For the Jews, the 1929 riots crystallized their thinking. For Jabotinsky and his followers, the Haganah’s policy of havlagah, “restraint” from initiating attacks on the Arabs, wasn’t working in the Jews’ defense. The Jews needed to meet violence with violence. They formed a separate paramilitary faction, one that would go on to have a bloody and very controversial history in pre-state Israel. They called themselves the National Military Organization, or, in Hebrew, the Irgun.
The Western Wall back then wasn’t today’s large, visitor-friendly plaza but instead a cramped alleyway behind a neighborhood of homes that backed up to within a few feet of the wall itself.
One single British policeman fought back against the Arab rioters in Hebron, protecting as many Jews as he could and killing as many of the attackers as he could before he ran out of bullets.
During Purim in March 1929, the Graf Zeppelin, the world’s largest airship, floated over Haifa, Tel Aviv, and Jerusalem. The trip was organized by prominent Jewish Zionists in Germany and Vienna as a celebration of the revival of Jewish culture in Palestine.
Amin al-Husseini: Grand Mufti of Jerusalem, he served as both the Muslim religious leader in Palestine, and the political leader, since he was recognized by the British government as the top Muslim representative. He instigated a lot of the violence against Jerusalem’s Jewish community.
THE BIG IDEAS
Since Ottoman times the Muslims preserved Jewish access to the Jewish holy sites in an arrangement known as “the status quo.” This allowed Jews access to their holy sites, like the Western Wall, on the condition that they could make no changes. This prevented Muslim worry that the Jews would gradually take control of the sites if they were allowed to make additions. Some version of the “status quo” remains in effect to this day between the State of Israel and various Muslim authorities.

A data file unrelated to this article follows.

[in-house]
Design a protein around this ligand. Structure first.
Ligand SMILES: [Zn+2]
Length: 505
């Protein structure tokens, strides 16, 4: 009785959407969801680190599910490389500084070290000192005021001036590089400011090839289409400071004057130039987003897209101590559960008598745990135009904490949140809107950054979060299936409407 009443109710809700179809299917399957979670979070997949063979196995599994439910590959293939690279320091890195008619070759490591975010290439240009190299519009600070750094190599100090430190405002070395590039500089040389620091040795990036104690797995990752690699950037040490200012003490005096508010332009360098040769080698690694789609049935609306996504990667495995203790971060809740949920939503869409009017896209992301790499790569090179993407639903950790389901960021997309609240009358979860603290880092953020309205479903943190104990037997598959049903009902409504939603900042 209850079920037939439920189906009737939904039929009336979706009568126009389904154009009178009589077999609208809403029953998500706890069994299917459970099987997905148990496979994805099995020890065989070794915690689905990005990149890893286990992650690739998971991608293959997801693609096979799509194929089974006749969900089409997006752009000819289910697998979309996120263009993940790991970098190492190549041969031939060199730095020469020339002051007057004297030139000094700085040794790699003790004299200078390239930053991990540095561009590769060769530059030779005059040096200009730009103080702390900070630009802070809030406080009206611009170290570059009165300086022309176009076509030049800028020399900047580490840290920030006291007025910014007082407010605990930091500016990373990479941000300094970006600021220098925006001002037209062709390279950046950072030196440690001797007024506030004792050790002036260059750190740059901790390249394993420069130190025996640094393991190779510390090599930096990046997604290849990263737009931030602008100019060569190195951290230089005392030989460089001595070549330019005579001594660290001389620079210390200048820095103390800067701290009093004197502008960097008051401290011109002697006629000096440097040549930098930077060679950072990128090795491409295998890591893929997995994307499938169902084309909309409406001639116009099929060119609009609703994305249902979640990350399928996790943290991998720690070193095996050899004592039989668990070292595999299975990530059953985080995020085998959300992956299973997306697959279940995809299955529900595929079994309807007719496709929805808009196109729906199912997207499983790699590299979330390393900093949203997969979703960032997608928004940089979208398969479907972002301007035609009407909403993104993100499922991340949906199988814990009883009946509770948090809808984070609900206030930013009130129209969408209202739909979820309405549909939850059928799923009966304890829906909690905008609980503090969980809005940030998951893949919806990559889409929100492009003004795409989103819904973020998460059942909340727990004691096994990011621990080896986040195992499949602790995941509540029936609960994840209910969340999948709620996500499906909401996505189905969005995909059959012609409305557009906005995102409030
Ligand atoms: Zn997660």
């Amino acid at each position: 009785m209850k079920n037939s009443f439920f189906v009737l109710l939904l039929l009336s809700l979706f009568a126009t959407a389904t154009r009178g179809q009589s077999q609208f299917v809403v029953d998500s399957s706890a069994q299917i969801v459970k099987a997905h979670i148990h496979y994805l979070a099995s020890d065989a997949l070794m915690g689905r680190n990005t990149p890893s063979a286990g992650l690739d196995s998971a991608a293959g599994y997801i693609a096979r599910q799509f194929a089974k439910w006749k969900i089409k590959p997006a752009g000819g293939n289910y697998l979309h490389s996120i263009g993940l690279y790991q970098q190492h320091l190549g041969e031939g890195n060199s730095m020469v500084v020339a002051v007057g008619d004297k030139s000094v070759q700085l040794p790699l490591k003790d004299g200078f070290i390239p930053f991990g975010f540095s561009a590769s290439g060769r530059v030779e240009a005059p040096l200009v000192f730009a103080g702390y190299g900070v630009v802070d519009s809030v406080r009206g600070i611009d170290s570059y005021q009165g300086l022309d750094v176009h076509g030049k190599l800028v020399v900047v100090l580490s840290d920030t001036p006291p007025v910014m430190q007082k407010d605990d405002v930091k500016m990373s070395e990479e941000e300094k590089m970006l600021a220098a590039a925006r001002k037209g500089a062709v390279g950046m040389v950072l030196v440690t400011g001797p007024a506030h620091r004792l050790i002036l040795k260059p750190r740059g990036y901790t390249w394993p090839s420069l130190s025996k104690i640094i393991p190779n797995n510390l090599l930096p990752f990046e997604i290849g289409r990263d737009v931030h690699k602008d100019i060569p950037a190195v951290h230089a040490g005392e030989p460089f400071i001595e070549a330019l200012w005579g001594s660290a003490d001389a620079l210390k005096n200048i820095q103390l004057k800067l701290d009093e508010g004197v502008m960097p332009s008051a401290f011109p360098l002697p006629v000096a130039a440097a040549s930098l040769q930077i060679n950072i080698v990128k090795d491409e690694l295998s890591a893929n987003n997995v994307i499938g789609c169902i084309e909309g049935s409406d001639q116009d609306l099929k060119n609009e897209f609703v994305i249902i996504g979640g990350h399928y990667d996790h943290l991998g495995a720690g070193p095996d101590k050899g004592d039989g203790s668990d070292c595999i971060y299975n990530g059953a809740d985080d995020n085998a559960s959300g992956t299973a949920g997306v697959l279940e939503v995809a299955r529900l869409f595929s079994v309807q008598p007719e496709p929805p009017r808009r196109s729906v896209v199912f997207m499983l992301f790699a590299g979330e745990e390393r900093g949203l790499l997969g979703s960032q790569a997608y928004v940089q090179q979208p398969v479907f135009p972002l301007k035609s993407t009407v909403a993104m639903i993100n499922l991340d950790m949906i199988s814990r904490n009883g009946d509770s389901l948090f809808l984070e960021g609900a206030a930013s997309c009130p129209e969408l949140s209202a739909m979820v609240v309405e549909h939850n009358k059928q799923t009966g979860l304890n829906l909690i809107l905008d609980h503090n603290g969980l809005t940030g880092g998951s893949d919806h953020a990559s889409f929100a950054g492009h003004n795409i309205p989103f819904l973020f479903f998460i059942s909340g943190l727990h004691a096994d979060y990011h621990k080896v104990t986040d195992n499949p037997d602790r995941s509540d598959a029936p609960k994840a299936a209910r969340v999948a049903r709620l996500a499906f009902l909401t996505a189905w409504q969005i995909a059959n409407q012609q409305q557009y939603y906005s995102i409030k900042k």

In 1922 the League of Nations made Palestine a Mandate of the British Empire, meaning that Britain had the responsibility of preparing the colonial territory and its inhabitants for future statehood. They also had the responsibility to protect the rights of minorities living in those territories, since the majority population was supposed to be the one eventually taking over. From 1922 until Israel was established in 1948, Palestine was often referred to as Mandatory Palestine, or the British Mandate. This meant that the British authorities got involved in disputes between Muslims and Jews.
In the context of the 1929 and burgeoning Arab nationalism in the Middle East, Amin al-Husseini injected a fierce strain of anti-Semitism into the movement in Palestine. By inflaming Muslims against the Jews over holy sites, he turned what had been an economic and political rift into a full-blown religious conflict that sparked the anger of Arabs throughout the Middle East. Anti-Semitism became an official strategic and tactical tool of the Arab national movement: al-Husseini’s hatred of the Jews was made inseparable from Arab nationalism and the cause of opposing the British Mandate. The Arab political parties and paramilitary organizations that he created in the 1930s were thus oriented violently against the Jews, which was to have major consequences later in the decade.